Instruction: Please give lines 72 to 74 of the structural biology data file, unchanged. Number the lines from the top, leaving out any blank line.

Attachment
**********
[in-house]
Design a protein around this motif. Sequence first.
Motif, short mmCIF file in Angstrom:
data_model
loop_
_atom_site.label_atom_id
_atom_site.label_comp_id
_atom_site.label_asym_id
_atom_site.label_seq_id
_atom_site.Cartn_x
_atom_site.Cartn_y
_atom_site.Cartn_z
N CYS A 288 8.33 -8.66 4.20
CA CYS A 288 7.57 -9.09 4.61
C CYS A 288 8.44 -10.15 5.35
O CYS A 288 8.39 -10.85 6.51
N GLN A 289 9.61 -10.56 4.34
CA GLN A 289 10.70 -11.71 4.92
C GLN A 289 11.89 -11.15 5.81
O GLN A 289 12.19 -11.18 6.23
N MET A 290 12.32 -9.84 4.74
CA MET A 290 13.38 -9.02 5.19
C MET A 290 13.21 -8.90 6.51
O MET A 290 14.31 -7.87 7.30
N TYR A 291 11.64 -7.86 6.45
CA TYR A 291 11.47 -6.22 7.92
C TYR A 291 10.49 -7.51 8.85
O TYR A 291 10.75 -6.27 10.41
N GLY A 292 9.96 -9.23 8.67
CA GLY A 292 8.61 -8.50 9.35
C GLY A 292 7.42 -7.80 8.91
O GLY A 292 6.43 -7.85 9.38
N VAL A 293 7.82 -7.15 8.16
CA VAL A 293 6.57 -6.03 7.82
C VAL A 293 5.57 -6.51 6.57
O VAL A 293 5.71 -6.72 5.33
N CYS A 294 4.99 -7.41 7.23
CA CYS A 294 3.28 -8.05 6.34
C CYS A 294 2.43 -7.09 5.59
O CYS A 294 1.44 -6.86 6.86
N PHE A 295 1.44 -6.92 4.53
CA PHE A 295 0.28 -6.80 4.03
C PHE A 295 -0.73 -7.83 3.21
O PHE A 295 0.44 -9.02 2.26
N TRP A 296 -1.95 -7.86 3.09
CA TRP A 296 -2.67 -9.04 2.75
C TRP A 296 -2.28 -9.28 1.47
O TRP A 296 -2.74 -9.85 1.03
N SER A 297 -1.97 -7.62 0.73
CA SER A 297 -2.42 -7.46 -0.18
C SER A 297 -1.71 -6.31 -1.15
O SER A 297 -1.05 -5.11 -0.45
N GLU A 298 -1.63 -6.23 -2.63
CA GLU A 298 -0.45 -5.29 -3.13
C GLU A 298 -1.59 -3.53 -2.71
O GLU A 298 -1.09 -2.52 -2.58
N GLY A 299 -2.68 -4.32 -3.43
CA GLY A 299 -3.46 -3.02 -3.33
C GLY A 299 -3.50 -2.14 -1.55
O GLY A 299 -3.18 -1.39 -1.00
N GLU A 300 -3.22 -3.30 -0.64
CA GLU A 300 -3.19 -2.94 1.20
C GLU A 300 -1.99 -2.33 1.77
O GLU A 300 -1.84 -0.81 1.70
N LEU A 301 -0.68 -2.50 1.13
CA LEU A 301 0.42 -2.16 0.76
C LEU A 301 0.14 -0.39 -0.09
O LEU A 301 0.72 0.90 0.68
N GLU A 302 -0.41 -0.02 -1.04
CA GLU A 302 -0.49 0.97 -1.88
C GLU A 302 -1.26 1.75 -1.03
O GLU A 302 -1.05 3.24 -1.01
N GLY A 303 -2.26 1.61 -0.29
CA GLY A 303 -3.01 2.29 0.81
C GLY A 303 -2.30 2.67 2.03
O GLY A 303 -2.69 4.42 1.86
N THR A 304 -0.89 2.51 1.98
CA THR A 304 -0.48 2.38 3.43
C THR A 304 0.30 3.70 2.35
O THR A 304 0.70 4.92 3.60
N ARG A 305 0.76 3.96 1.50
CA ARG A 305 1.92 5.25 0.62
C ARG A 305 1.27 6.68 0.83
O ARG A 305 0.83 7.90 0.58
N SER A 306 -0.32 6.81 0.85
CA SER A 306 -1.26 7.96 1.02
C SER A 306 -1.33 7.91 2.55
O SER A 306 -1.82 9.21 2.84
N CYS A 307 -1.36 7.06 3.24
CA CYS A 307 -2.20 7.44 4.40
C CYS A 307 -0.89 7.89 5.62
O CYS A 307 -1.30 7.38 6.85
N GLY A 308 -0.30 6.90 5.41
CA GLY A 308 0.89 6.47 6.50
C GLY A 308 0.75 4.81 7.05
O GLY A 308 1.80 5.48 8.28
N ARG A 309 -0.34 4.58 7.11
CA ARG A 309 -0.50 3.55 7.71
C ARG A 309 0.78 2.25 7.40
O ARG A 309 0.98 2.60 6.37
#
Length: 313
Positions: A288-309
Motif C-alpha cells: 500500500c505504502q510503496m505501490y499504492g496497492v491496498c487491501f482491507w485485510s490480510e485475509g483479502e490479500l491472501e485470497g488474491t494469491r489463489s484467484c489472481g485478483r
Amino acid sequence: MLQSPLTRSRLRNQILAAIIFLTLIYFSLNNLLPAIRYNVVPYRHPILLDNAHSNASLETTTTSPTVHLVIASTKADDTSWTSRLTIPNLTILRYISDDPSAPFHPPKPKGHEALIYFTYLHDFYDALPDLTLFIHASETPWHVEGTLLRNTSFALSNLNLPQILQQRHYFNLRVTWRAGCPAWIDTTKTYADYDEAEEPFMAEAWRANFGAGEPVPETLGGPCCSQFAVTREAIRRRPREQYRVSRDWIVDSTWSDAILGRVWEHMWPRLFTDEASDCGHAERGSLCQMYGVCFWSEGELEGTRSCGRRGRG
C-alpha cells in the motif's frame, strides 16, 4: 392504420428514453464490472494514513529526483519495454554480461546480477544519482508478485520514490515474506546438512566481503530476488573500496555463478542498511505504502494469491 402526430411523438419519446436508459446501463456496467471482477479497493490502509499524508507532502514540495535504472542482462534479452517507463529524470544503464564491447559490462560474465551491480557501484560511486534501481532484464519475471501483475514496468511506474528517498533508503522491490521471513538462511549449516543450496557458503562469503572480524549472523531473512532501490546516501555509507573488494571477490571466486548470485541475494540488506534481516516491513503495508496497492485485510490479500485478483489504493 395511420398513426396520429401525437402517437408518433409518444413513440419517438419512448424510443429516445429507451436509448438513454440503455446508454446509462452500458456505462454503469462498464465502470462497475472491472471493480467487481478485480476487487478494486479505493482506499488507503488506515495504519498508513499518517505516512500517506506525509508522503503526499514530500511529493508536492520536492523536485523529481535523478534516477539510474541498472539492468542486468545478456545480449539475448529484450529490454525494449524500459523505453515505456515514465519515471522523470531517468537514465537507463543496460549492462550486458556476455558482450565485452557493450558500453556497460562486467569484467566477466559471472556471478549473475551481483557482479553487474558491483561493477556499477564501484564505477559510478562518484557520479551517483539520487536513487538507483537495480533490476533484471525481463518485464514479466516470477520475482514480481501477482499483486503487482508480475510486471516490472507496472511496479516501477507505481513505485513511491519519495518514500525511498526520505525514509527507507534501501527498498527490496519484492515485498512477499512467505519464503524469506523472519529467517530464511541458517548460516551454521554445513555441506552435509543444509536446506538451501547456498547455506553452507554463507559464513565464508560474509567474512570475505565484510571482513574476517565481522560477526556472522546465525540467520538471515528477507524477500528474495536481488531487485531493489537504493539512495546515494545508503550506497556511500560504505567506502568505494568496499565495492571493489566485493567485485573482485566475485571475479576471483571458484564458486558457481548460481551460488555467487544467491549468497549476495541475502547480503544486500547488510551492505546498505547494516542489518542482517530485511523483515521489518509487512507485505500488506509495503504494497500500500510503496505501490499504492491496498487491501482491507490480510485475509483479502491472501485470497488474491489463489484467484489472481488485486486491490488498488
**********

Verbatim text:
O GLU A 302 -1.05 3.24 -1.01
N GLY A 303 -2.26 1.61 -0.29
CA GLY A 303 -3.01 2.29 0.81